By Tracy Record
West Seattle Blog editor
Through the city’s half-dozen-plus public meetings related to the design of 4755 Fauntleroy Way SW, to be anchored by a Whole Foods Market, members of United Food and Commercial Workers Local 21 were a constant presence, voicing concerns, keeping watch on the project, often with a contingent of members/leaders in yellow logo-bearing T-shirts.
After the project’s design won final approvals in that process from the Southwest Design Review Board and the Seattle Design Commission, the union launched a campaign called Getting It Right for West Seattle, focused on the remaining approval needed by the project – the City Council’s blessing for the project’s requested “alley vacation,” in which the developer seeks approval to buy publicly owned alley land. The campaign scored an early victory with Mayor McGinn‘s July announcement that SDOT would be told to recommend the council reject the alley vacation, for concerns including worker wages.
While that part of the process rolls slowly along, UFCW Local 21 has paid for a University of Washington architecture professor to develop two “alternative designs” for the site. Monday night, those designs – one of which would potentially have room for a Whole Foods or other big chain store, one of which was not – were “offered up as food for thought,” as union organizer and West Seattle resident Elena Perez put it. She organized the presentation at Emeritus-West Seattle (WSB sponsor) with about two dozen people in attendance, not including the site’s developers/owners, Weingarten Realty and Lennar, to whom Perez said she’d given notice too late.
However, a member of the Huling family, which previously owned most of the site, was there and spoke up in a somewhat dramatic moment – more on that later.
Perez characterized their ongoing interest in the site – which she clarified is the focus of GIR4WS, not local development in general – as anchored in the “precedent” it would set, and reiterated that the advocates’ goal is what they stated it to be half a year ago – to obtain a Community Benefit Agreement “with local West Seattle stakeholders” as part of a deal with the city for the alley vacation, which would involve selling two sections of alley for fair-market value plus a public-benefit package (this slide deck from June details the public benefits approved by the Design Commission in that stage of the review).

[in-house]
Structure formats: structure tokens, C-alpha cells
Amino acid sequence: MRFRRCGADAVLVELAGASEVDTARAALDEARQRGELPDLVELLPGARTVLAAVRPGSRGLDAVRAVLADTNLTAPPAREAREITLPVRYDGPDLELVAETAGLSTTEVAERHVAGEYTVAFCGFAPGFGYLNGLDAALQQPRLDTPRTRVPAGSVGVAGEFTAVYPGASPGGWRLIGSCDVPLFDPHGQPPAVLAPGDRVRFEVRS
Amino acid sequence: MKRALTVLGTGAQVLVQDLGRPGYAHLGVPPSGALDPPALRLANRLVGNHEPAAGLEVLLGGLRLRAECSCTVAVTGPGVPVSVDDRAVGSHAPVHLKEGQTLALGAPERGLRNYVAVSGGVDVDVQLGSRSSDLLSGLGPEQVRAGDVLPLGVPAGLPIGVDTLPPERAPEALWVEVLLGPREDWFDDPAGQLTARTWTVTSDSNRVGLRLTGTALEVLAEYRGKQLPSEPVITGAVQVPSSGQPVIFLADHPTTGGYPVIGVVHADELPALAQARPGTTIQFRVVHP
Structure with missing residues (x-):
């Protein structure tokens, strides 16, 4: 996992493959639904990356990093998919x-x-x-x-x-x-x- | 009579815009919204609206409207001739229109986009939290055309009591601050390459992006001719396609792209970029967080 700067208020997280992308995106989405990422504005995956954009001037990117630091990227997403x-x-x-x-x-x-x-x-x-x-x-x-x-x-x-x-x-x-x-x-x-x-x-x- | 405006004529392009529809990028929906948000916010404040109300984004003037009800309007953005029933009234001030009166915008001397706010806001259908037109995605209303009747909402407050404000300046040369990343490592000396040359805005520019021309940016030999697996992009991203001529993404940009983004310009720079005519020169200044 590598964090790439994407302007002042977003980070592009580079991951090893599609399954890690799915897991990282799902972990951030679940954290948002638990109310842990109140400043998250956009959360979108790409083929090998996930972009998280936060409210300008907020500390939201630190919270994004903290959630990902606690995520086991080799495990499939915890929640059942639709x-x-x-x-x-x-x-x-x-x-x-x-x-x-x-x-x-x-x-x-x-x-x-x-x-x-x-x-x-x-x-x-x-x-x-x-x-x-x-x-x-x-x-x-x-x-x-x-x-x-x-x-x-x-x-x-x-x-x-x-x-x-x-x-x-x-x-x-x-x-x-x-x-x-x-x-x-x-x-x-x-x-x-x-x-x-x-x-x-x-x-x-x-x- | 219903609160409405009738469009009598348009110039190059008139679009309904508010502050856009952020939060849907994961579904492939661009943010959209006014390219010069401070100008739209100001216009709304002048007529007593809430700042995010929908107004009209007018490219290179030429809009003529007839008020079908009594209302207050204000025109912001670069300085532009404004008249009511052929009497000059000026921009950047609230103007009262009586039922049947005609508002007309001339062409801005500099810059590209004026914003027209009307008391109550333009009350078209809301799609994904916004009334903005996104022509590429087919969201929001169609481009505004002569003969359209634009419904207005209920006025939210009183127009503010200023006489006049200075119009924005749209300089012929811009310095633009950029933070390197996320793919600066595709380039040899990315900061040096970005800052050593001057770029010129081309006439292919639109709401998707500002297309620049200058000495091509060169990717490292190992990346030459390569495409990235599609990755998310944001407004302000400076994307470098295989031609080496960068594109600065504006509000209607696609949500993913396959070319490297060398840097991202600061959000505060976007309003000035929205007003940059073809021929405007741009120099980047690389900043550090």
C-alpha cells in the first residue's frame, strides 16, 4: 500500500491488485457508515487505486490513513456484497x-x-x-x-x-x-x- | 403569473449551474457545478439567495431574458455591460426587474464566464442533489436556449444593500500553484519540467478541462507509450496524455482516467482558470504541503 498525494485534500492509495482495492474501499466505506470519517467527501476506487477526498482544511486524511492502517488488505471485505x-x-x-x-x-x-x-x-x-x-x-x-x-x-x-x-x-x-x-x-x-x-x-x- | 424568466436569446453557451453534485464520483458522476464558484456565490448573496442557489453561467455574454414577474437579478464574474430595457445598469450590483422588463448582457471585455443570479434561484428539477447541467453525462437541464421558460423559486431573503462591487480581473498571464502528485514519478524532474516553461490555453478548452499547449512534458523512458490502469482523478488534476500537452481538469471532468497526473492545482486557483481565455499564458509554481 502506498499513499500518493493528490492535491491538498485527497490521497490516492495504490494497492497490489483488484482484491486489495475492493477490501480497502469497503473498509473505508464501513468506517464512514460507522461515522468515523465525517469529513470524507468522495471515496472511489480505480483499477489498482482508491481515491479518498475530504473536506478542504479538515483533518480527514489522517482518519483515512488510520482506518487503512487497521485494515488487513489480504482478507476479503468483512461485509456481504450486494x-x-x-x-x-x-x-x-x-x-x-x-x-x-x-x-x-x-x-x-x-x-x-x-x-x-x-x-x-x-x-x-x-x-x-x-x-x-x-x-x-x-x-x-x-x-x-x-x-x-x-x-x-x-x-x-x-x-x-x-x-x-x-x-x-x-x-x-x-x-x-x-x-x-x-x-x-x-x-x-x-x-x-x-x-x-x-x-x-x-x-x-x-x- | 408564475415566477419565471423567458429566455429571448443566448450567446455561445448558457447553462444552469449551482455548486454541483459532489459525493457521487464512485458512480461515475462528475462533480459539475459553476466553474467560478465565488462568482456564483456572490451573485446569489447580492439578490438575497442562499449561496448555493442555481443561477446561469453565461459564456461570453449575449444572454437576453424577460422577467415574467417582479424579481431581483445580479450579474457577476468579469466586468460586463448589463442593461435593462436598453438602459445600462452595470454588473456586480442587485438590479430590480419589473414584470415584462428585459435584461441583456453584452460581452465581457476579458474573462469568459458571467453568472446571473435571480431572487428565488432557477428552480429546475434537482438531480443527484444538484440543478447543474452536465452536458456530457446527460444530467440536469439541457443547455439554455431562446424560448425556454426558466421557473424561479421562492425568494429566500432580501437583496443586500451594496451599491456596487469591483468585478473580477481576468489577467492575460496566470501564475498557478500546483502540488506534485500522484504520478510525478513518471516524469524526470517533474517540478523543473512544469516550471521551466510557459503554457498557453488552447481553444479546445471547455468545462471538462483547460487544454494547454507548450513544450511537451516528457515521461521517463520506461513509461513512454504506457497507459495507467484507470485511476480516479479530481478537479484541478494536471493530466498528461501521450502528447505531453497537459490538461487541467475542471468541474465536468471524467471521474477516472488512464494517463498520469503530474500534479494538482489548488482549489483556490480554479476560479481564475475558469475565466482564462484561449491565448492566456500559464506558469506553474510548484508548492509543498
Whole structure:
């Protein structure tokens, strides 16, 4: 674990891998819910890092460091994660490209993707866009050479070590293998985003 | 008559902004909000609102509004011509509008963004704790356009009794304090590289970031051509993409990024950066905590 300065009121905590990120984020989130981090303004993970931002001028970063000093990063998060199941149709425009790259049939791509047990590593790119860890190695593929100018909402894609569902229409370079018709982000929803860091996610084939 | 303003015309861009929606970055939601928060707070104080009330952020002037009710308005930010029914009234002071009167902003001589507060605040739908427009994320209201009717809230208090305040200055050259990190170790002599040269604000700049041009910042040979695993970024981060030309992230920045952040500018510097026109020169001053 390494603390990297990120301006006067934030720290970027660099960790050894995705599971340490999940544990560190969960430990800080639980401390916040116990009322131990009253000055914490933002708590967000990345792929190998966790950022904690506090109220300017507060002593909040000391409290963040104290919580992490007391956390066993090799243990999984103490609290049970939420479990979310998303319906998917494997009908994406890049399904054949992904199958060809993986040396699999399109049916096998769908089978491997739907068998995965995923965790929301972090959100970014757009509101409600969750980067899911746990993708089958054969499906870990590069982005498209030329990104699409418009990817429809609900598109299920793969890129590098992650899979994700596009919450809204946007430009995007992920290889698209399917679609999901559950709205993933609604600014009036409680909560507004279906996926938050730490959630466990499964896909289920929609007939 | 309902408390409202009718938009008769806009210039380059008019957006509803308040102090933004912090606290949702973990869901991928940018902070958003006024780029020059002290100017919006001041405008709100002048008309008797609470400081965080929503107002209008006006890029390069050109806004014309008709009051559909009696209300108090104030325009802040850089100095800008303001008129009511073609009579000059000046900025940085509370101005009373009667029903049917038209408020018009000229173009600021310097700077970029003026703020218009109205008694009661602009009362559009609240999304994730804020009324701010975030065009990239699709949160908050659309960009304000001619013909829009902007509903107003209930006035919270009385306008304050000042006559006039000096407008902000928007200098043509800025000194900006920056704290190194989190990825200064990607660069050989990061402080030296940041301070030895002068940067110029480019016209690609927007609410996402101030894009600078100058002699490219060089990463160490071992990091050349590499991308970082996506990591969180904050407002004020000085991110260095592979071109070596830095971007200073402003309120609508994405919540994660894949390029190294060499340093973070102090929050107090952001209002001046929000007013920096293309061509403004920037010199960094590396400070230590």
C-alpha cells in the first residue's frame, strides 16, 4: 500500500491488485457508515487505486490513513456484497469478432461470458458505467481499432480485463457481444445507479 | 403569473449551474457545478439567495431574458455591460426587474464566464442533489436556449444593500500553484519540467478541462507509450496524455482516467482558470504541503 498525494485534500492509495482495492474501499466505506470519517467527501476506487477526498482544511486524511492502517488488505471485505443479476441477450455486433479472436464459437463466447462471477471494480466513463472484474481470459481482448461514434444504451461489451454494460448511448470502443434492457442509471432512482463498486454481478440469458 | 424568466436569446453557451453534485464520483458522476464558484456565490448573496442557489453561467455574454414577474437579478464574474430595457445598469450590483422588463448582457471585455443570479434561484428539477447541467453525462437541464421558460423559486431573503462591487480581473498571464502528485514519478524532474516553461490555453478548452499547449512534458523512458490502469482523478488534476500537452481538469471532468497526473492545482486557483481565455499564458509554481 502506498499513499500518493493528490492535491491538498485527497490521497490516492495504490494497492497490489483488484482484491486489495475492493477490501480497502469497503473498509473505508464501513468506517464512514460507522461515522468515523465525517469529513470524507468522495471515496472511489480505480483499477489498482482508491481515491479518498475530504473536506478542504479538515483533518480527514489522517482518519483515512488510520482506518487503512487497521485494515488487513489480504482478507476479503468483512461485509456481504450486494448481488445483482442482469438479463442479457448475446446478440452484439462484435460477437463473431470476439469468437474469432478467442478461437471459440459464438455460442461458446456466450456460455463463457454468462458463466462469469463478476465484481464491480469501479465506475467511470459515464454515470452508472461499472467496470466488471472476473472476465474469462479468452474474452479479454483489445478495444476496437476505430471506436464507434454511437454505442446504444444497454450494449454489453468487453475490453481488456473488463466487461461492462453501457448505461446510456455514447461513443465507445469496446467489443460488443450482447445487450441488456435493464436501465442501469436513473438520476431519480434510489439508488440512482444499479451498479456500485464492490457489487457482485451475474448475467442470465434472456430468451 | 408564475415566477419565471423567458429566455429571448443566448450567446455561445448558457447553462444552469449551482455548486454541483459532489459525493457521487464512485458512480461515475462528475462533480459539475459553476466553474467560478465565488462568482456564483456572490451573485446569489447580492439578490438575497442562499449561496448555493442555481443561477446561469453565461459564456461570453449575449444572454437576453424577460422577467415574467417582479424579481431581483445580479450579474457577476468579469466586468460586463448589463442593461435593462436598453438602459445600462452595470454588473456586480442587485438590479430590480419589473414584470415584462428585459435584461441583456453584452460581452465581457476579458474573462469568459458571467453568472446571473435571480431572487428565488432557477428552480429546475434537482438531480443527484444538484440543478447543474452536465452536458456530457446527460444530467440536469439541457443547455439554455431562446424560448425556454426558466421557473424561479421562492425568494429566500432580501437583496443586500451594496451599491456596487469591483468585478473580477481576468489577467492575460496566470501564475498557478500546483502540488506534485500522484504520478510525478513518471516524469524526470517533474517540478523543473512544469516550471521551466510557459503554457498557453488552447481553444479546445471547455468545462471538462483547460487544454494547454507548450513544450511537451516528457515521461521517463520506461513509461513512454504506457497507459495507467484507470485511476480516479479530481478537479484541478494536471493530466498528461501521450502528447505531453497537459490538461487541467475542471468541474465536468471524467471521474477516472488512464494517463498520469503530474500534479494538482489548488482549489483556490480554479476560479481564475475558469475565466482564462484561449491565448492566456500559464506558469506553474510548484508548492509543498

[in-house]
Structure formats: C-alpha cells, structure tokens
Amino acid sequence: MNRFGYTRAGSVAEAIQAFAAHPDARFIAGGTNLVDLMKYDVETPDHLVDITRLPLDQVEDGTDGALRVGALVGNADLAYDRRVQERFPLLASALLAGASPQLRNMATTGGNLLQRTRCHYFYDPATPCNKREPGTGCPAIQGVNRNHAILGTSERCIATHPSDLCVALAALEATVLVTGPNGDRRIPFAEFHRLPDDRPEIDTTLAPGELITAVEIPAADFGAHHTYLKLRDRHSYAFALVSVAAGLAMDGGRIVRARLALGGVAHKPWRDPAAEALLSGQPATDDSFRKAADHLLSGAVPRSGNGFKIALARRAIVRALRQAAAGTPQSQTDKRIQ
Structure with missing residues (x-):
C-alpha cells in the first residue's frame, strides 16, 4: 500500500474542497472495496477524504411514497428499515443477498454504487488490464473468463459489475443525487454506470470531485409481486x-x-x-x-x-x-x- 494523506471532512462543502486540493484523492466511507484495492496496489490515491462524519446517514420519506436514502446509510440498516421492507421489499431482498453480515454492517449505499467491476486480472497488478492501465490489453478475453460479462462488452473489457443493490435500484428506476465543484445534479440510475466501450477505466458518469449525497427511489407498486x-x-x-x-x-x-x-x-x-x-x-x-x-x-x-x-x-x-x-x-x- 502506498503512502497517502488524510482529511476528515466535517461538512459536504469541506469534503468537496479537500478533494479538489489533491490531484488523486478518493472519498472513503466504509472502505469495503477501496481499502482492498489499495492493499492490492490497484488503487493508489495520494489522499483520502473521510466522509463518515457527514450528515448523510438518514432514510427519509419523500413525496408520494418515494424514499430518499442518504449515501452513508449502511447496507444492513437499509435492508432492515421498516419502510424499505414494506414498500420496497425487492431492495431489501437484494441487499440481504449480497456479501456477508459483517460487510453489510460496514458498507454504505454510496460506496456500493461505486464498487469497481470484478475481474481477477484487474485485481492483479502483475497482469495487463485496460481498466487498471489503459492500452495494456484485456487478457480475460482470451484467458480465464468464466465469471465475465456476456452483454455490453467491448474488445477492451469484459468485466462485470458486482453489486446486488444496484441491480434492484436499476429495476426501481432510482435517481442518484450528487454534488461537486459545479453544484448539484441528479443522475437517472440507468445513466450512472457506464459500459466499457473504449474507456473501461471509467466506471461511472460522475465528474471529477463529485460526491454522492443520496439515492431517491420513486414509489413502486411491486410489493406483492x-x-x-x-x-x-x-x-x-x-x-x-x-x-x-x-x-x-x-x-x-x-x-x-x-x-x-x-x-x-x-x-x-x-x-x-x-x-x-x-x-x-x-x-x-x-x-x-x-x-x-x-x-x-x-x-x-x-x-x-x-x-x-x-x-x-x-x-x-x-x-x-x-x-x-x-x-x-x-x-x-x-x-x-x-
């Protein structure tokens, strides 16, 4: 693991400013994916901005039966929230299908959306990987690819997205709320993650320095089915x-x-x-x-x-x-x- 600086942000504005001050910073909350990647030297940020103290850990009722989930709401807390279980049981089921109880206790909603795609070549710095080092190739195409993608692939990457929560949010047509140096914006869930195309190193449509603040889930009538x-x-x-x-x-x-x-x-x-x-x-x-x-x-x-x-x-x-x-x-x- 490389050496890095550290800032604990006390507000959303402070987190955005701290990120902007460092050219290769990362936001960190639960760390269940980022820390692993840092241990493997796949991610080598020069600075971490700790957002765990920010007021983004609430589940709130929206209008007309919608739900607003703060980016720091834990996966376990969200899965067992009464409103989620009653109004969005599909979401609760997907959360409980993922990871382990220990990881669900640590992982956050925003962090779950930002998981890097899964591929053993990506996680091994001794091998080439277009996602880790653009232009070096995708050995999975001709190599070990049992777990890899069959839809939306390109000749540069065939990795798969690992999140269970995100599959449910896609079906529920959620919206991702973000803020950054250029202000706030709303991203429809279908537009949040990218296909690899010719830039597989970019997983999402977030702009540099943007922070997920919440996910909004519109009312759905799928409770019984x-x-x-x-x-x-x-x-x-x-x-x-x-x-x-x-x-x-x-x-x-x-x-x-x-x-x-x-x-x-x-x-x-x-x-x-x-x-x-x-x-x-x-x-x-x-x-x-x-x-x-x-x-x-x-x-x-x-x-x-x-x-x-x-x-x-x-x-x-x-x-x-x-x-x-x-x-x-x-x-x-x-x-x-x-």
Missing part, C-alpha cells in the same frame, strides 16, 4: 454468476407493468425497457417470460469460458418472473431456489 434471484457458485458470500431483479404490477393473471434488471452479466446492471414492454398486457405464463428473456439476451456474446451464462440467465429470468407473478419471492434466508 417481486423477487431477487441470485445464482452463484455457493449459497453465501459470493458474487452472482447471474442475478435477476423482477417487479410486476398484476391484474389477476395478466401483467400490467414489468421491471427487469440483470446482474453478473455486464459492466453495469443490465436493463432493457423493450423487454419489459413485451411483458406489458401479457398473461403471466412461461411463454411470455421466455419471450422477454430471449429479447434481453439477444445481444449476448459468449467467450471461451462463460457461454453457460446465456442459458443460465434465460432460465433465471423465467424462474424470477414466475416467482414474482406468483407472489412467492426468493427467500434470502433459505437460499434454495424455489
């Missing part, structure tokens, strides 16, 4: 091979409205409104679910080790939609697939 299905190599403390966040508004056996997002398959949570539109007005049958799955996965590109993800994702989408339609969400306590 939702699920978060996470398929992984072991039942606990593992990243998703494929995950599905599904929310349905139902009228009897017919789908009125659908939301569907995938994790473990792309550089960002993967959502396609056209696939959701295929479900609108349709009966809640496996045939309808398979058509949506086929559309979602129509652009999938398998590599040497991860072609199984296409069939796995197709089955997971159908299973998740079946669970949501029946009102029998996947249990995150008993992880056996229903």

The alternative designs by Dr. Sharon Sutton turned out to involve only the commercial level of the site, leaving the rest of it to imagination/speculation. Though Dr. Sutton herself was not in attendance, the designs were presented and described by West Seattleite Deb Barker, who served four years on the Southwest Design Review Board and is a retired land-use planner.
Barker made it clear she was speaking for herself as a private citizen, unrelated to other community-advocacy roles in which she currently serves. She extended the invitation for us to cover the meeting; GIR4WS had not sent announcements of previous meetings, either for news coverage or public-calendar postings.
After a condensed primer on the process through which the project already has gone, Barker reiterated that UFCW Local 21 had paid for Dr. Sutton’s work, which she compared and contrasted with selections from the design packet for one of the public meetings about the project’s official design by Fuller Sears Architects, the Seattle Design Commission session on June 20th, like this one:
Barker also explained the alley vacation process (here’s the city’s primer) and the “mid-block connector” currently designed into the project as a sort of replacement alley, the target of criticism at many official reviews because it would be used by trucks as well as pedestrians. “You’re going to get to play duck-dodge with a panel truck or semi-truck,” Barker contended. (The union had talked at previous city meetings, like this one in April, about its studies of a North Seattle Whole Foods store, with at least 4 semitrucks daily and up to 31 panel trucks making deliveries.)
Continuing to set the stage before showing the alternatives, she also zeroed in on the “gateway” corner of the development, the southwest corner of Fauntleroy/Alaska (roughly where the former gas station is being dismantled/dug up right now). Here’s what the official design includes: